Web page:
The Cyber Intelligence Sharing and Protection Act, otherwise known as CISPA, passed the US House of Representatives Thursday. Passage comes despite opposition from the White House and concerns about online privacy.
Support for the bill was overwhelming and bipartisan. The bill passed 287 – 127. The bill was put forward by Democratic Representative Dutch Ruppersberger of Maryland and Republican Representative Mike Rogers of Michigan.
CISPA encourages private companies and government agencies to share information about cyber threats in real time in order to thwart cyber attacks, but the White House has concerns with the bill in its current form. Critics are concerned that the bill provides the government with unrestrained access to personal information. Over 30,000 websites teamed up to protest the passage of CIPSA.
Rogers bucked the criticism that the bill extends excessive surveillance powers to the federal government. He asserted that he has yet to see a single US company oppose the bill.
“It does something very simple: it allows the government to share zeroes and ones with the private sector,” he said.
Industry giants such as Facebook, Microsoft, and Mozilla have all thrown their weight against passage of the CISPA cybersecurity act.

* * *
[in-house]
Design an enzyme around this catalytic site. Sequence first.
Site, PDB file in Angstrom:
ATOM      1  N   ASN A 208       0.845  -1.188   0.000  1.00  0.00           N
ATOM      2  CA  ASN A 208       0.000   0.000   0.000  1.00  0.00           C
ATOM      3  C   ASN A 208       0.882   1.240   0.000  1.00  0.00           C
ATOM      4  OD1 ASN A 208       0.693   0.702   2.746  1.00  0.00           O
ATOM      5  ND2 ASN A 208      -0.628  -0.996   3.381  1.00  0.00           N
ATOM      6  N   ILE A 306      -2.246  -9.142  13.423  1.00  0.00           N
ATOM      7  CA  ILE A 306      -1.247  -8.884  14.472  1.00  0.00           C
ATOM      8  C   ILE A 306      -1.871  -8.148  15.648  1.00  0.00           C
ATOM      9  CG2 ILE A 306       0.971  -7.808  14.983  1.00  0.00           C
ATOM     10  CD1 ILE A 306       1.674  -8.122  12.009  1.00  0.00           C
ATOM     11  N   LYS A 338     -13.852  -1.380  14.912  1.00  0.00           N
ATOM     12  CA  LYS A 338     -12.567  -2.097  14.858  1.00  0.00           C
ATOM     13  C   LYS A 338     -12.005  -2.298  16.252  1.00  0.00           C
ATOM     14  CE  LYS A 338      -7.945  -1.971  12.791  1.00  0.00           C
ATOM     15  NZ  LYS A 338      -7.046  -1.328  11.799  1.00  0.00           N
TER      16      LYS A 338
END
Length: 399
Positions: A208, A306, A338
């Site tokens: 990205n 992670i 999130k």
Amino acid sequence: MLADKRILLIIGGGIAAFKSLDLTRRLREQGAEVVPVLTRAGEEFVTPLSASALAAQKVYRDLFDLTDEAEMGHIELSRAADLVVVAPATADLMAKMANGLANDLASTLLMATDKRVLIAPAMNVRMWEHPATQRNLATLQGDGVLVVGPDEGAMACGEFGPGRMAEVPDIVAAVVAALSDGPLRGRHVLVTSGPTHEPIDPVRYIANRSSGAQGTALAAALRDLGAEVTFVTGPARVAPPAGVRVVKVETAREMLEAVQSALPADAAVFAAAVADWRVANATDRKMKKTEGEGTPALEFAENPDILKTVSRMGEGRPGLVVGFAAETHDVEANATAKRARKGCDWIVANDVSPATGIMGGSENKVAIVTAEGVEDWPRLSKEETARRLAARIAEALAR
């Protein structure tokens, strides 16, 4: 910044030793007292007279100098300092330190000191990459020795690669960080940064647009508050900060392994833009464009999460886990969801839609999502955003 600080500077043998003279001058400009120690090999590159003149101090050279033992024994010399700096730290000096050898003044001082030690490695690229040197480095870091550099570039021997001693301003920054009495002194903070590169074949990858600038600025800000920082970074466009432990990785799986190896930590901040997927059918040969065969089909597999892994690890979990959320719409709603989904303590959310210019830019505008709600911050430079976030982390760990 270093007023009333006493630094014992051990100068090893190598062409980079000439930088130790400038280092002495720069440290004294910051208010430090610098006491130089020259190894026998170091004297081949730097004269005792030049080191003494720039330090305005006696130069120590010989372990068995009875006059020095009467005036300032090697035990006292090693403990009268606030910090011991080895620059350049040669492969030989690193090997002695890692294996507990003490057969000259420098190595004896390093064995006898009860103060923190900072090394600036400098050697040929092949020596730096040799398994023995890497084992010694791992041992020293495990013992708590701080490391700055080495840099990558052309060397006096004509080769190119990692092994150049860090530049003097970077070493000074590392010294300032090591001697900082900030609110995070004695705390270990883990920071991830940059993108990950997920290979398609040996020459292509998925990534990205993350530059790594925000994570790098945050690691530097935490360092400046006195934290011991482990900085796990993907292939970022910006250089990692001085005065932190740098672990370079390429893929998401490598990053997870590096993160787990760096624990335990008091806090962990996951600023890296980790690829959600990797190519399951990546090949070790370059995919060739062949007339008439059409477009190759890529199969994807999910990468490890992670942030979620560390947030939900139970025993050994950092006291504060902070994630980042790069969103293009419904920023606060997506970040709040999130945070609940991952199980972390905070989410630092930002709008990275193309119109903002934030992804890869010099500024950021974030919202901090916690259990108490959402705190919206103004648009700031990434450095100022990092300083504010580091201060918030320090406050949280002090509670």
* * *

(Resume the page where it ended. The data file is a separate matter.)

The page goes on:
Several representatives used the Boston Marathon bombing as justification for expanding federal protections.
“In the case of Boston, they were real bombs,” Republican Representative Mike McCaul of Texas said on the House floor. “In this case they’re digital bombs. These bombs are on their way. That’s why this legislation is so urgent. For if we don’t and those digital bombs land and attack the United States, and Congress failed to act, then Congress has that on his hands.”
Some representatives did choose to speak out in opposition, such as Democratic Representative Adam Schiff of California:
The bill stands an unlikely chance of becoming law. It must now pass a Democratic-controlled Senate and a White House that has threatened a veto.
“Citizens have a right to know that corporations will be held accountable – and not granted immunity – for failing to safeguard personal information adequately,” the White House previously said in a statement. “Moreover, the administration is confident that such measures can be crafted in a way that is not overly onerous or cost prohibitive on the businesses sending the information.”
In February President Barack Obama signed an executive order urging the administration to begin working towards improving cybersecurity protections until Congress can pass a bill. As far as the White House is concerned, CISPA is not that bill.